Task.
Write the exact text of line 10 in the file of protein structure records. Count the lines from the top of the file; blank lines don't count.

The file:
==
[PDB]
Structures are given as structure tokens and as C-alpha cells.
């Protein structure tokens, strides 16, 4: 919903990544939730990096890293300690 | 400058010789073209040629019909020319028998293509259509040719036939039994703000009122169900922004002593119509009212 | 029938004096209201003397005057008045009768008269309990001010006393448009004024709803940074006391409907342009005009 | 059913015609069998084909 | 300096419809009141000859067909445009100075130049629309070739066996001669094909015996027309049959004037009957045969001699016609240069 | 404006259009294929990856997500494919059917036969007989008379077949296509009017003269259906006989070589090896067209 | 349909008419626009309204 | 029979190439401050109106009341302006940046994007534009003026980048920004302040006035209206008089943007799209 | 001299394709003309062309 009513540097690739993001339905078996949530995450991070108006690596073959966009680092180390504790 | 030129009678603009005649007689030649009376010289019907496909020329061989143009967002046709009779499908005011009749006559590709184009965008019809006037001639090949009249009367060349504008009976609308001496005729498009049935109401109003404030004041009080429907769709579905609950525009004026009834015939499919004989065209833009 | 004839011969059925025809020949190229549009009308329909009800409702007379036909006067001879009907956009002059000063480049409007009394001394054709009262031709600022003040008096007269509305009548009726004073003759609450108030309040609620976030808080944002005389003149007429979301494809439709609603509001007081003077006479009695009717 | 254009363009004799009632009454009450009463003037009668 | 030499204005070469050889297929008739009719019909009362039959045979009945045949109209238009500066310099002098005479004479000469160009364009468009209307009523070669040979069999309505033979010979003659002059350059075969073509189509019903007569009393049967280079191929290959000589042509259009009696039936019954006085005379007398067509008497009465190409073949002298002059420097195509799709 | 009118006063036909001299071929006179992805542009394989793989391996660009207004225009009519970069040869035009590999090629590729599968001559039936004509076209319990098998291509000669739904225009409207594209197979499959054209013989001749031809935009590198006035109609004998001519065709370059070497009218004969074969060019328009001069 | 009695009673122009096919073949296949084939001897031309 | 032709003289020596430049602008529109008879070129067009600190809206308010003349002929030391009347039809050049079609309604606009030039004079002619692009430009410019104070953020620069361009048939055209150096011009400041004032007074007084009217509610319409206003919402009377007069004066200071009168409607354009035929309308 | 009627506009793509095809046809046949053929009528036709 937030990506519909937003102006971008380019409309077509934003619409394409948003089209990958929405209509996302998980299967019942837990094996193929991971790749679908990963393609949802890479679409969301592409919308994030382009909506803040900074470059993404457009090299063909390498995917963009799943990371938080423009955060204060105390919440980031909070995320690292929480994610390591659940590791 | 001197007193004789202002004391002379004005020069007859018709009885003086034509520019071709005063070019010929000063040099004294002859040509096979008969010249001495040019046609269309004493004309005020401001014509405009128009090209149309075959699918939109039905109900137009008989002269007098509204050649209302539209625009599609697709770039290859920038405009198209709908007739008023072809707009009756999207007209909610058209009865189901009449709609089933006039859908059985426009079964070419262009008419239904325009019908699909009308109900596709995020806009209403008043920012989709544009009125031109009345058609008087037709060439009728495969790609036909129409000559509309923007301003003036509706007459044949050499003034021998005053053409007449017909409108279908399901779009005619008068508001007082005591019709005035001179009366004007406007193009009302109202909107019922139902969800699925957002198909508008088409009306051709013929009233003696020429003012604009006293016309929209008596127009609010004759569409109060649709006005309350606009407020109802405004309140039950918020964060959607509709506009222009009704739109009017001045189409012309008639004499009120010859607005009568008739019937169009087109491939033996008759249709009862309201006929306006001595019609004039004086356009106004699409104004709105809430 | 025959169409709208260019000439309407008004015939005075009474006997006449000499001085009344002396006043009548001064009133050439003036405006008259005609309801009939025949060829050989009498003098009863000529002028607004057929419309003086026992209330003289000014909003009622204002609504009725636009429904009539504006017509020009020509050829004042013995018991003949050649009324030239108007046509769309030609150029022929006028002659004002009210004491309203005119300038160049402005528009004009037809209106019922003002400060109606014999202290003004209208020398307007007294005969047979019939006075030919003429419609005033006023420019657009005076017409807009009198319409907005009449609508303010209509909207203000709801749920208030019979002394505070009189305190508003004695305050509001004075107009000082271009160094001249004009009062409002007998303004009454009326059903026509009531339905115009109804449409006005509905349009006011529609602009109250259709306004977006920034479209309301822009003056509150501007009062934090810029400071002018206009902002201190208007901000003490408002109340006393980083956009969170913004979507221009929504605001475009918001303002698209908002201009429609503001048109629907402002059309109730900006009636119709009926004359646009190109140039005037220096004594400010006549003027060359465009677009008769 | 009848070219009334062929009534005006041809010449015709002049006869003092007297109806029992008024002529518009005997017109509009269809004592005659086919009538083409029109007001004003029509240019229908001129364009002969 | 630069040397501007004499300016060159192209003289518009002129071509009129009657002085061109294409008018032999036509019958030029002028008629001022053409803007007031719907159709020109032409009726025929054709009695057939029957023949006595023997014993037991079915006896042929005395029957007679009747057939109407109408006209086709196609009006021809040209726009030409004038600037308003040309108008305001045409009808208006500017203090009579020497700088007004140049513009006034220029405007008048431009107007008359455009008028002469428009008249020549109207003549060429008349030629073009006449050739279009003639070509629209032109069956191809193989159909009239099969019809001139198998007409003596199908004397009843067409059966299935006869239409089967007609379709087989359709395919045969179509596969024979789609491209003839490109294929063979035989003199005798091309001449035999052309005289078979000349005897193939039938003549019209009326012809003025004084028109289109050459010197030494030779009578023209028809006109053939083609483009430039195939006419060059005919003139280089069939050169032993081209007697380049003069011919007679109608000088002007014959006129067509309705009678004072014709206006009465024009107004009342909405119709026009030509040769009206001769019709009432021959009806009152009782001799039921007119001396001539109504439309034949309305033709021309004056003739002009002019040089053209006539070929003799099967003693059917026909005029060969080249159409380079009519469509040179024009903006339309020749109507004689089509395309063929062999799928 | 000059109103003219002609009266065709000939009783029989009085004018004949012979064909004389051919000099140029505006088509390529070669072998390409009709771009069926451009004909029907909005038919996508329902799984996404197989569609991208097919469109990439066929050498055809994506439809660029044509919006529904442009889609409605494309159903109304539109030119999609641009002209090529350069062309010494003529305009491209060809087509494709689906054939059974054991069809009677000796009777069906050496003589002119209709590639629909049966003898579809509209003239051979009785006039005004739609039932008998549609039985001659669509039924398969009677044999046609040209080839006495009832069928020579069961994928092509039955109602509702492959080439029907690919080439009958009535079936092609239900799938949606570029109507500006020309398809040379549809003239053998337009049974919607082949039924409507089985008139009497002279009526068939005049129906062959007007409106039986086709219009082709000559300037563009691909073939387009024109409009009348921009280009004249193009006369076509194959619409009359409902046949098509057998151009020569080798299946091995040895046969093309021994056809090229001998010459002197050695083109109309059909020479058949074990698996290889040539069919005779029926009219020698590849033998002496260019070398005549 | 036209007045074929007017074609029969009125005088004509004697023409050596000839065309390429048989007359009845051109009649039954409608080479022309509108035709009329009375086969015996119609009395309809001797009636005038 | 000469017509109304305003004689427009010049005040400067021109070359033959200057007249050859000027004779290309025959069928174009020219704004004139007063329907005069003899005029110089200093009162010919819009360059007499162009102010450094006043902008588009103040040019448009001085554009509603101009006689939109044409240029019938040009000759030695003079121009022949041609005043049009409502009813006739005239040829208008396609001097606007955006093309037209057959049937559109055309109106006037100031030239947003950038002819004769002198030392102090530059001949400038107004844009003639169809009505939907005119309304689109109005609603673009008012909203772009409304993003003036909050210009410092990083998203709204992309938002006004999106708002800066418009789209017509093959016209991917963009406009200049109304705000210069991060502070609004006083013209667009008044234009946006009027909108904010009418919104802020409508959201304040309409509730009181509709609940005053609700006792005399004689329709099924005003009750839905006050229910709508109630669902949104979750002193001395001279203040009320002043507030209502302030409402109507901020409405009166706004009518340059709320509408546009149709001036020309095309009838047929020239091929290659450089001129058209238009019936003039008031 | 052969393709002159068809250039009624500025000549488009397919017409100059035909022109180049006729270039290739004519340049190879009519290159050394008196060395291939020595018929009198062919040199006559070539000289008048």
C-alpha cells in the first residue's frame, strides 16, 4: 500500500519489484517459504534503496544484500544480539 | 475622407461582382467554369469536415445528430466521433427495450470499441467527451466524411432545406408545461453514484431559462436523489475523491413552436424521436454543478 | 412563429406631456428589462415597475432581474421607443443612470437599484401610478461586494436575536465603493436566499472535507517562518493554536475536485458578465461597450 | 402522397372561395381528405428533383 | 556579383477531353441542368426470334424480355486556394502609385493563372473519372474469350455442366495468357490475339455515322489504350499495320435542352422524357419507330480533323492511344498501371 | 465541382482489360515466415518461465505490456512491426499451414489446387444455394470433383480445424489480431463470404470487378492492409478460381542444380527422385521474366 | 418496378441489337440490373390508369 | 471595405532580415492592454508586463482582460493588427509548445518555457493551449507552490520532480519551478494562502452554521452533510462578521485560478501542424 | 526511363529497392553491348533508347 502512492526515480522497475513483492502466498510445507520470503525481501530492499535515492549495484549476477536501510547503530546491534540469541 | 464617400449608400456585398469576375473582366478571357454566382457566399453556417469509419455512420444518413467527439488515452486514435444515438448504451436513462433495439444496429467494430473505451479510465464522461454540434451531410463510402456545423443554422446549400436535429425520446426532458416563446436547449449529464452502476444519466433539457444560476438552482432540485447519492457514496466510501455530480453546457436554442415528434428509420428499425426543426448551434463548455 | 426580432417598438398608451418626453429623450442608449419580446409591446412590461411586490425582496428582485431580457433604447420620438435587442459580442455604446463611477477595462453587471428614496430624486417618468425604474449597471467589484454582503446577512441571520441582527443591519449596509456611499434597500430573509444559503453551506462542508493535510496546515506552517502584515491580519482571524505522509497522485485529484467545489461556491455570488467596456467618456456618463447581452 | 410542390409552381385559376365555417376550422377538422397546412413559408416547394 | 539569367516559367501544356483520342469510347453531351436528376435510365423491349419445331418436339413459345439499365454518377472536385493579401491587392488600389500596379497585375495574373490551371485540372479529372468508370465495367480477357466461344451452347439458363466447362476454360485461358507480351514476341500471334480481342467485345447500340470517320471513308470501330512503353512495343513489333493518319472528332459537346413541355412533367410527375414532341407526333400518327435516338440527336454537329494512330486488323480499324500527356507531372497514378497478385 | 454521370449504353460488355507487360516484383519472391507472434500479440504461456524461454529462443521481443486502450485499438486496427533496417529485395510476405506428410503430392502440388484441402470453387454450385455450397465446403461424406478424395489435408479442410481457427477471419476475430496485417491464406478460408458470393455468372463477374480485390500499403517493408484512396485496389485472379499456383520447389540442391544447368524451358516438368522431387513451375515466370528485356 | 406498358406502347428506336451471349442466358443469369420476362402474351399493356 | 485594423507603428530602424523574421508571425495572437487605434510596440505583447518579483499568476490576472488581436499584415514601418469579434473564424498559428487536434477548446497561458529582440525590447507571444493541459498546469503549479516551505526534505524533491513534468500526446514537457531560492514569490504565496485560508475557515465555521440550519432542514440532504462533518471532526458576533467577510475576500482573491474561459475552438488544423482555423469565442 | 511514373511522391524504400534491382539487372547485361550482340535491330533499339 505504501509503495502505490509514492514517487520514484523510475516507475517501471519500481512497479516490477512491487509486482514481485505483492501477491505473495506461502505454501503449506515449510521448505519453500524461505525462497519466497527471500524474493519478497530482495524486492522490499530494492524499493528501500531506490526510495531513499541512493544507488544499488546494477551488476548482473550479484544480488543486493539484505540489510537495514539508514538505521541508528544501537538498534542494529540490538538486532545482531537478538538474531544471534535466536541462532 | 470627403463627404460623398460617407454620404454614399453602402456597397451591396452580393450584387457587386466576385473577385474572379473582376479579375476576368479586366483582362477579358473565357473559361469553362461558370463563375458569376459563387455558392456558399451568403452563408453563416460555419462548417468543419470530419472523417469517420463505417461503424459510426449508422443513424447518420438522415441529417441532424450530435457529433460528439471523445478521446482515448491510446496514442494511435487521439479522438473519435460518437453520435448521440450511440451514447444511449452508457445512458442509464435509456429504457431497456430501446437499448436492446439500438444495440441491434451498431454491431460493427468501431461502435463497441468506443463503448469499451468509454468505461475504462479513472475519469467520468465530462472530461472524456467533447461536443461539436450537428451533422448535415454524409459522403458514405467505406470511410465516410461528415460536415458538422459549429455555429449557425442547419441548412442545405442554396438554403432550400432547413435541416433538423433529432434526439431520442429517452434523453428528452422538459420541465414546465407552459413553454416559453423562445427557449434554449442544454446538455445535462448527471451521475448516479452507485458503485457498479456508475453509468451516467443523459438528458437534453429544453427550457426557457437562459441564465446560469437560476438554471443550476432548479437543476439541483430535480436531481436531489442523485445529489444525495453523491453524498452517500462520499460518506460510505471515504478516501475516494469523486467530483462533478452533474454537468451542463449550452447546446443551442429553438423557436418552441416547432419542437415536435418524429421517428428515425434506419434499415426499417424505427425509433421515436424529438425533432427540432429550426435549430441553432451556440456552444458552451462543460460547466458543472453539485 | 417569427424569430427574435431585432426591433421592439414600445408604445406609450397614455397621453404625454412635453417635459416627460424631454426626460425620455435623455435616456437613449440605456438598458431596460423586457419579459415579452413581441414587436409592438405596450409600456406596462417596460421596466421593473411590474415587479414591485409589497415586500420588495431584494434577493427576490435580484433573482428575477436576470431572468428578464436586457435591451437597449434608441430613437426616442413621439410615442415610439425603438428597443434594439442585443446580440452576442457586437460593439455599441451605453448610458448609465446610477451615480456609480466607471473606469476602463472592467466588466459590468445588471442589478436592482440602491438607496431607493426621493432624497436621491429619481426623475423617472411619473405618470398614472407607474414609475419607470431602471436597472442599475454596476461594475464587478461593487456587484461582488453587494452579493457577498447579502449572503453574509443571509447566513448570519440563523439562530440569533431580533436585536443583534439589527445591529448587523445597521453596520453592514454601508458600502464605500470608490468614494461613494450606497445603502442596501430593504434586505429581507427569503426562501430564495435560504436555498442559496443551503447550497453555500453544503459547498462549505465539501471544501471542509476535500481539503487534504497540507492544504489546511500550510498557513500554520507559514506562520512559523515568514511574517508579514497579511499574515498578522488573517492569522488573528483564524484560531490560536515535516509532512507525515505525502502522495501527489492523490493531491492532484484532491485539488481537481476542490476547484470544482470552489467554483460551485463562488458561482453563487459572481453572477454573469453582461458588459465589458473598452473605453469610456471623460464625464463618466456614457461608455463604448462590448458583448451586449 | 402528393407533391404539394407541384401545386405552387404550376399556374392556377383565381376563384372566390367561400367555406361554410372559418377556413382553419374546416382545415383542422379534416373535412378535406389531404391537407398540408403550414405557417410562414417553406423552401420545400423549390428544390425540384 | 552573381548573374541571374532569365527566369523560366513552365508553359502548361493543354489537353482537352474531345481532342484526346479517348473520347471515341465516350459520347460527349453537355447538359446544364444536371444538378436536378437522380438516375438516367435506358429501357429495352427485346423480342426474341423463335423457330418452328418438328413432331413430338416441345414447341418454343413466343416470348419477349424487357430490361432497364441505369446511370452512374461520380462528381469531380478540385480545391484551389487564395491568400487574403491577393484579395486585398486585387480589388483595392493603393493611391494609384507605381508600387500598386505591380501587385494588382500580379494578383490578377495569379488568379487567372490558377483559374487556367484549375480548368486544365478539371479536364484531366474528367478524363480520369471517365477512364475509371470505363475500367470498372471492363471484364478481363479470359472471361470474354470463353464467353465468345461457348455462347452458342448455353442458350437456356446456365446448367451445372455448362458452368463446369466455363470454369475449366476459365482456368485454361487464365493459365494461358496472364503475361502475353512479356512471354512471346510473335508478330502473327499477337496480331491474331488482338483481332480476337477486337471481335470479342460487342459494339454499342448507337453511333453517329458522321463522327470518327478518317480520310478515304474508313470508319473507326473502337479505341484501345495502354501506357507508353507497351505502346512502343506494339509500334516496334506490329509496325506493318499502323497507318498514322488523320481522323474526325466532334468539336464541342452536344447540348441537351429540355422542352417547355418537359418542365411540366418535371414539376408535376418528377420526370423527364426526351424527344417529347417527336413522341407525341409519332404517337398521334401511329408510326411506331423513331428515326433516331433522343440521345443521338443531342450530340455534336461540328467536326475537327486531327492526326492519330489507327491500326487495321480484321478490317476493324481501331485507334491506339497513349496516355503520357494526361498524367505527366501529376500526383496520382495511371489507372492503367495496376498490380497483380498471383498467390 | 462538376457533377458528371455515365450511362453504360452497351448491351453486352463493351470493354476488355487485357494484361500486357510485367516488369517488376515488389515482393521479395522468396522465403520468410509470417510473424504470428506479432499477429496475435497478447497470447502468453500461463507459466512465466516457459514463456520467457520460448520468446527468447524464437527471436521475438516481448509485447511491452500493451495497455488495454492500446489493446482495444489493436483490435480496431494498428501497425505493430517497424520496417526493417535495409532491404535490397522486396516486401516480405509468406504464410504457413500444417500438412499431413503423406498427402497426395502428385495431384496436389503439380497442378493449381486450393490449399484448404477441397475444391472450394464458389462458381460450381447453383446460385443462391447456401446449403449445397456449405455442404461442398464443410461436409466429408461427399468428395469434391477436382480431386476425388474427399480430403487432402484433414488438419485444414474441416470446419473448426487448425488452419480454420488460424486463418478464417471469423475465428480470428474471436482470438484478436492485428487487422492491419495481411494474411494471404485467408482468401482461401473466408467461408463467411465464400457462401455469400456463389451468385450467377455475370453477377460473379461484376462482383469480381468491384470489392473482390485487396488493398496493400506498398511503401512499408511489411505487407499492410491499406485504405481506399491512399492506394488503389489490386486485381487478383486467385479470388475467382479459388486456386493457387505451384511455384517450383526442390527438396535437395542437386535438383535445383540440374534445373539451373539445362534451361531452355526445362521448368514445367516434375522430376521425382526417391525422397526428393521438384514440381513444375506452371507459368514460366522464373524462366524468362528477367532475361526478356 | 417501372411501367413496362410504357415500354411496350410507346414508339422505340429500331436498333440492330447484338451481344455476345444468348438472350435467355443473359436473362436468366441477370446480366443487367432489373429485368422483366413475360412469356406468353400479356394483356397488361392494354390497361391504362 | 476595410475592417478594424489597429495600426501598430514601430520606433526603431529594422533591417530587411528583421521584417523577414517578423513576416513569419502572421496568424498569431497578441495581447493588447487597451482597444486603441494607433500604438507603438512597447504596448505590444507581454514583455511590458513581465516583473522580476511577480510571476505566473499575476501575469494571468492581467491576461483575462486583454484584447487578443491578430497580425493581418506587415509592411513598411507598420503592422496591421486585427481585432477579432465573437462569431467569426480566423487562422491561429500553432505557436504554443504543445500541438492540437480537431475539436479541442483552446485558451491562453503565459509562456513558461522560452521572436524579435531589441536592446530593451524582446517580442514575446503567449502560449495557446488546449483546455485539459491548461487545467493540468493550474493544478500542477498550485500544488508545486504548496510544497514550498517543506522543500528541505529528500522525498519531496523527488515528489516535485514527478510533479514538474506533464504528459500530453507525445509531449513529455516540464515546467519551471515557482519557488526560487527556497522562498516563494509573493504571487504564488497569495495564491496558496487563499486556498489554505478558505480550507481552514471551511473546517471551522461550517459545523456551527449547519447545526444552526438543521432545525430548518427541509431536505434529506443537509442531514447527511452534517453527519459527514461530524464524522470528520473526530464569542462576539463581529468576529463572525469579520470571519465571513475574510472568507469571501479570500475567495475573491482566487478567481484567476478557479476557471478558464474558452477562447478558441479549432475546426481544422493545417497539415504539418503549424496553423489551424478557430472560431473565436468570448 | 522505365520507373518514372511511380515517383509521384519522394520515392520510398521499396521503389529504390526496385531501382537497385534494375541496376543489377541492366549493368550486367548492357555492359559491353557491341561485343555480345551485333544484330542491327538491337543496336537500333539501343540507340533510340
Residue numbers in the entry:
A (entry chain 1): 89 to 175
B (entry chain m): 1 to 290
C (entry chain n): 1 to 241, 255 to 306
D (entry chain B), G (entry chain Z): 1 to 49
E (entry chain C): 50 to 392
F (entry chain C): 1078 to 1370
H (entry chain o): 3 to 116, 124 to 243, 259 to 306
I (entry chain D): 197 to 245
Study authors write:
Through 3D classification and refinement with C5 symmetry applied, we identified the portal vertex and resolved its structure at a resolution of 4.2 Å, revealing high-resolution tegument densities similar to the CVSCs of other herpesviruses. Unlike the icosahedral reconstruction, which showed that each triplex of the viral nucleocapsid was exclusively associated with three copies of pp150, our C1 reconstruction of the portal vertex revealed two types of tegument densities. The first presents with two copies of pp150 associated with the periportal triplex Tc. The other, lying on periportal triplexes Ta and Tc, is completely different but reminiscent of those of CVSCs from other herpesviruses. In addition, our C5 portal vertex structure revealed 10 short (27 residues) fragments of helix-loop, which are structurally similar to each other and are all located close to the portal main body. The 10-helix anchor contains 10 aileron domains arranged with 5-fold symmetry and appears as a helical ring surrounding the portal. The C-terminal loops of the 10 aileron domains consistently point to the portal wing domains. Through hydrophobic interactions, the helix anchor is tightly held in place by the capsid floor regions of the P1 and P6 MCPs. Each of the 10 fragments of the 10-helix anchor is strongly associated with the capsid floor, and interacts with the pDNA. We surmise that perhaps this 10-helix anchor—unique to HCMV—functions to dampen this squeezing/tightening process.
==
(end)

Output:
E (entry chain C): 50 to 392